Another core condition for simulating co-operation is appropriate distribution of power. In a democracy, people have a say about things that impact them and they have a mechanism to change the social order if they don’t like it. If you don’t like the speed limit on your street, you have ways to request a change to the speed limit. It doesn’t mean you will necessarily be successful. In a democracy, you always have a say – but you don’t always get your way.
Let’s look at an actual example of democracy at work in the family: meals. It’s not respectful to unduly burden mom or dad’s time and energy by demanding that they make a different meal for each child according to that child’s whims and wishes. We can, however honor that different people like different foods and we can try to come up with ways to respect differences.
We do this through discussions and problem solving our issues together at family council meetings. The family council meetings are equivalent to having a town council meeting in your community to discuss changes to speed limit zoning. It’s a democratic structure that ensures that everyone has a voice and a say.
Here are some of the creative solutions children have come up with for meal planning:
- Each person in the family gets to pick one night of the week. On their night, they pick the dinner menu. On other nights of the week, they agree to eat what others have picked.
- There should be at least ONE item on the dinner menu that each person likes.
- Kids can have their beloved chicken fingers, but only three times a week. The kids can pick which days those meals will be served.
When children feel they have a voice and a say in how the family operates, it is empowering and is proof that they are indeed an important part of the family. Each element stimulates the intrinsic desire to be more co-operative with others in the family. It’s a fact: children are more likely to live with rules they help establish.
Family meetings are great for problem solving, but there are other disciplinary techniques too. Because discipline comes from the root word “to teach,” proper discipline should educate children. Children learn experientially, so the next two tools are both about allowing them to make choices for themselves and to experience the outcomes or the consequences of those choices. These can be either natural or logical consequences.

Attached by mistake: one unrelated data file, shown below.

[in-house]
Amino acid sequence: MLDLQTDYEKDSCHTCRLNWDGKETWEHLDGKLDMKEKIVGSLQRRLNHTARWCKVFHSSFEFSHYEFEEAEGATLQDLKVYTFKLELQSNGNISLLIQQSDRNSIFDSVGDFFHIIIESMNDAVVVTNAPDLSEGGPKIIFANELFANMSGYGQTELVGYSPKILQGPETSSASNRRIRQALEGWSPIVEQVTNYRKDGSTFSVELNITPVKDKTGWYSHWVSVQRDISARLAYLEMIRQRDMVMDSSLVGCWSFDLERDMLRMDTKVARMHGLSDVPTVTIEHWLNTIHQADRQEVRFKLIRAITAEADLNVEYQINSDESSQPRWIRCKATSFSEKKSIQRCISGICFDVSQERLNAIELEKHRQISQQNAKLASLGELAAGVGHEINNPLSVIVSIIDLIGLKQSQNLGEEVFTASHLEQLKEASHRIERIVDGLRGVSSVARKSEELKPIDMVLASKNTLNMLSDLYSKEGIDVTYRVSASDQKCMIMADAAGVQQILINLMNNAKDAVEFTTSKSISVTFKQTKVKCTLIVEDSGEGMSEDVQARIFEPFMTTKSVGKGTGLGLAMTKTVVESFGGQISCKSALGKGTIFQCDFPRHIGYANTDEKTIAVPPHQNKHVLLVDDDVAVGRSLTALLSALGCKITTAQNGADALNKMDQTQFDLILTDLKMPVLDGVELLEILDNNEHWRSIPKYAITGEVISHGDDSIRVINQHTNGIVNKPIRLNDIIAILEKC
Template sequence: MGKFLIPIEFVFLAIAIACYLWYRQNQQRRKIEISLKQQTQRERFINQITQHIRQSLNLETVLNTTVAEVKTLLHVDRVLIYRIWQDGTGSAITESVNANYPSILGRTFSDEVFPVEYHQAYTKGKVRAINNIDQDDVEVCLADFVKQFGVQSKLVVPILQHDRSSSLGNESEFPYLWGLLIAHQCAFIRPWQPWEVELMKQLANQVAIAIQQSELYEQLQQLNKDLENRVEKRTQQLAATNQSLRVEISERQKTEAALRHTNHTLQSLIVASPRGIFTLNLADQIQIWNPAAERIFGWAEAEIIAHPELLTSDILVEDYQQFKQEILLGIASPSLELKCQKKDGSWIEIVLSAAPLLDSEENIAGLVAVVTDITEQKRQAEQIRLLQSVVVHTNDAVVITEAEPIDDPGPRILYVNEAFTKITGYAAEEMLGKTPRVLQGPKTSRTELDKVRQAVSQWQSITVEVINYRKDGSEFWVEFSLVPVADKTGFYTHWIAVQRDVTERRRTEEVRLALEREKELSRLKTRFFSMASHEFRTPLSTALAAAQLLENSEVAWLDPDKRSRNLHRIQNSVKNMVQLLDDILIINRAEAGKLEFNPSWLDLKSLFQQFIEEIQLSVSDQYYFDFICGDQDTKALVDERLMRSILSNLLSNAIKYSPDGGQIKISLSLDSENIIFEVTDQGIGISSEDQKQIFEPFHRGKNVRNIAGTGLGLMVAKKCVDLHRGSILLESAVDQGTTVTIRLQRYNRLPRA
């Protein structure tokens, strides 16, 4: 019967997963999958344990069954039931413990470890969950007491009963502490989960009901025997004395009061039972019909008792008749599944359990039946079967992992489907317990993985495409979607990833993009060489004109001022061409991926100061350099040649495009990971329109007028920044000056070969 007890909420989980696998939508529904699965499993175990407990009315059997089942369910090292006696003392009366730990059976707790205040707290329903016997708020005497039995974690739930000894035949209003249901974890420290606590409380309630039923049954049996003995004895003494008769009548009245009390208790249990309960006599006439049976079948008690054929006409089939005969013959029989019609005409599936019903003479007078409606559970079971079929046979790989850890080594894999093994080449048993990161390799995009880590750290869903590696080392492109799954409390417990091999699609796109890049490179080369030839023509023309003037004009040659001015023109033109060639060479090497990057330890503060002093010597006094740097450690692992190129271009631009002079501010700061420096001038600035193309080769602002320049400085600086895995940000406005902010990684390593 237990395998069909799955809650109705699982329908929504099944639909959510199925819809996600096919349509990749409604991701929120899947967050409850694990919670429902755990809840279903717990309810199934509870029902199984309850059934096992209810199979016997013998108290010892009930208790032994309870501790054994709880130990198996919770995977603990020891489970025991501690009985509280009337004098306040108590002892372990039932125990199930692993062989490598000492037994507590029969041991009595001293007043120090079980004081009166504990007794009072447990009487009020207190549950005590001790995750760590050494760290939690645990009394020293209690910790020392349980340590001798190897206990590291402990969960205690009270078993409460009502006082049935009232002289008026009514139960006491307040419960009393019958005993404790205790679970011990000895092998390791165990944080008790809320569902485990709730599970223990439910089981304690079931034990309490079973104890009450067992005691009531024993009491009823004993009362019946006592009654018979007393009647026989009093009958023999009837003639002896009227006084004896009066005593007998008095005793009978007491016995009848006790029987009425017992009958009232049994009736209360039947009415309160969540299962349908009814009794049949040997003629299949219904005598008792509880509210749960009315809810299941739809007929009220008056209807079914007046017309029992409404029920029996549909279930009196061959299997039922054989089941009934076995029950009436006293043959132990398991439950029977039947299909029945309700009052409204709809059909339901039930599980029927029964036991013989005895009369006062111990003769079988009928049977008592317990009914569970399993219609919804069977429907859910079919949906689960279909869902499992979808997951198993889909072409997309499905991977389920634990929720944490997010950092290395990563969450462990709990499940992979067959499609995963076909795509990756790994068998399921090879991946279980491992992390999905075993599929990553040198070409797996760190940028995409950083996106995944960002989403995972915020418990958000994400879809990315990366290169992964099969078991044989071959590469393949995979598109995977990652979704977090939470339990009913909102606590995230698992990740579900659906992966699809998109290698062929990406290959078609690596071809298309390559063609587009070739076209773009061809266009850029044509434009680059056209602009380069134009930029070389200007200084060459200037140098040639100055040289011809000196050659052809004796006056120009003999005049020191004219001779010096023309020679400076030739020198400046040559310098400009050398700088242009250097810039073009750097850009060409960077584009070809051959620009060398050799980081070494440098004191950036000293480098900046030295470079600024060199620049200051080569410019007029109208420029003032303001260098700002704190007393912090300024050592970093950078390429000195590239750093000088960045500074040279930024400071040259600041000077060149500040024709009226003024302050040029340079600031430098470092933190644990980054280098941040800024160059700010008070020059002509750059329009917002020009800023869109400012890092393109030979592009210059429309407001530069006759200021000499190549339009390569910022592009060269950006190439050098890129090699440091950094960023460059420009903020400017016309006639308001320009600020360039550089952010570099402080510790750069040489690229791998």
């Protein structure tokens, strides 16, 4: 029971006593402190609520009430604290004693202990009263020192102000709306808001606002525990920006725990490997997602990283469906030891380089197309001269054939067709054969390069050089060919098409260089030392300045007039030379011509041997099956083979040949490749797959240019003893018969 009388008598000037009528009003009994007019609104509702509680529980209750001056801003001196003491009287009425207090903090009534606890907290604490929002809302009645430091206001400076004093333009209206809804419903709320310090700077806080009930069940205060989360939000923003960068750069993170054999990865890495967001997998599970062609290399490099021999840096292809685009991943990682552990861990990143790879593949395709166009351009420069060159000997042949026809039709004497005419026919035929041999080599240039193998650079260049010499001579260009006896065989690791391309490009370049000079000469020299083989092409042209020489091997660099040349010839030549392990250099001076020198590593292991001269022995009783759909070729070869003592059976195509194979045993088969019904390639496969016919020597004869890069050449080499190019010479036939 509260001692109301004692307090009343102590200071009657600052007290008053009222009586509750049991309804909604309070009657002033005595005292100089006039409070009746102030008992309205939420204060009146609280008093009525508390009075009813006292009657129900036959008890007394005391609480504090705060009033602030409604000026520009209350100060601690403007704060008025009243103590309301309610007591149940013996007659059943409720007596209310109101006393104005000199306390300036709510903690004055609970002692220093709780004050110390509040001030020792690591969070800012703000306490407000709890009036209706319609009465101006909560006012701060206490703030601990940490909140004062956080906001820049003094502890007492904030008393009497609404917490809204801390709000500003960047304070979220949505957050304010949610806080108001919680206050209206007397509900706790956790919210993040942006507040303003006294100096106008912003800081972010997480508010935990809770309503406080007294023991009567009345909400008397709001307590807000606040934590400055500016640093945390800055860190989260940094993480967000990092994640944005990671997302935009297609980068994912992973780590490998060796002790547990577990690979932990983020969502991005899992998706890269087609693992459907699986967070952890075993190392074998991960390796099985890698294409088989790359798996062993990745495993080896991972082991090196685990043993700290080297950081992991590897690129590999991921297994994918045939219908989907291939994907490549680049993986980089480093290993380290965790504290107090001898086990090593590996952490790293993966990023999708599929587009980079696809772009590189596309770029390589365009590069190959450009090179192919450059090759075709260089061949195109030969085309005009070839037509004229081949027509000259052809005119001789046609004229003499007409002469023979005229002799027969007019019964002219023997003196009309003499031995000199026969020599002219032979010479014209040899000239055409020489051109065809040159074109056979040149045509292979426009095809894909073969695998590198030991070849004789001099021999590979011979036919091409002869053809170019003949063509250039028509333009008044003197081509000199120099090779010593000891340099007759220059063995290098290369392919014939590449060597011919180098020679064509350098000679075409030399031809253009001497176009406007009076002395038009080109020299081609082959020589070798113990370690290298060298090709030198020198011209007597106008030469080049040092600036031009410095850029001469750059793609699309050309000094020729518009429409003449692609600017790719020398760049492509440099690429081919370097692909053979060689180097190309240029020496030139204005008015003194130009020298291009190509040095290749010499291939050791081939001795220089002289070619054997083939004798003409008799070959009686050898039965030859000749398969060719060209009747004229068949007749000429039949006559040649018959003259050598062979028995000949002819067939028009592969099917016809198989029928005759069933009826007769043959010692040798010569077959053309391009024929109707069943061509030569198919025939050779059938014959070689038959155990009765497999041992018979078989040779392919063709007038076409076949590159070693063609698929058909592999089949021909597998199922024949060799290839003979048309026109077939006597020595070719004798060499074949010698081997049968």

A natural consequence is just that – from the natural world. When you drop a pea from your highchair it always falls to the ground. When you touch a hot stove, you get burned every time, whether a parent is there or not!
Children learn the most quickly from natural consequences. It only takes one pinched finger in a spring loaded cupboard door for a toddler to learn to keep their fingers back!
Yet, how many times have you said “stop jumping on the couch” to no avail? How come they have not learned the social rule of feet off the couch yet when they were such a quick study about pinched fingers? Why? Because there is no consequence for jumping on the couch, (and they likely enjoy the attention they get when you nag them). So a parent must INVENT a consequence. That is a bit more work because they take some thinking to create. Designed wrong or enacted out wrong and a logical consequence simply becomes punitive and we are no further ahead.
So what makes a good logical consequence? It must be respectful, reasonable, related and revealed in advance. “We need to keep our feet on the floor. Can you get off the couch or do I need to put you down?” or “Can you be in this room without jumping on the furniture or do I need to put up a baby-gate and make this room off-limits?” If a parent can create a consequence and follow through in a firm and friendly way, a child learns to make more pro-social choices.
There are certainly more tools and techniques to share with parents, but the scope of this article is to demonstrate how parenting needs to change and why we have lost our way. The hope is for parents to see the benefits of taking a parenting class and to learn more about our children and how to guide them in our families to fulfill their greatness.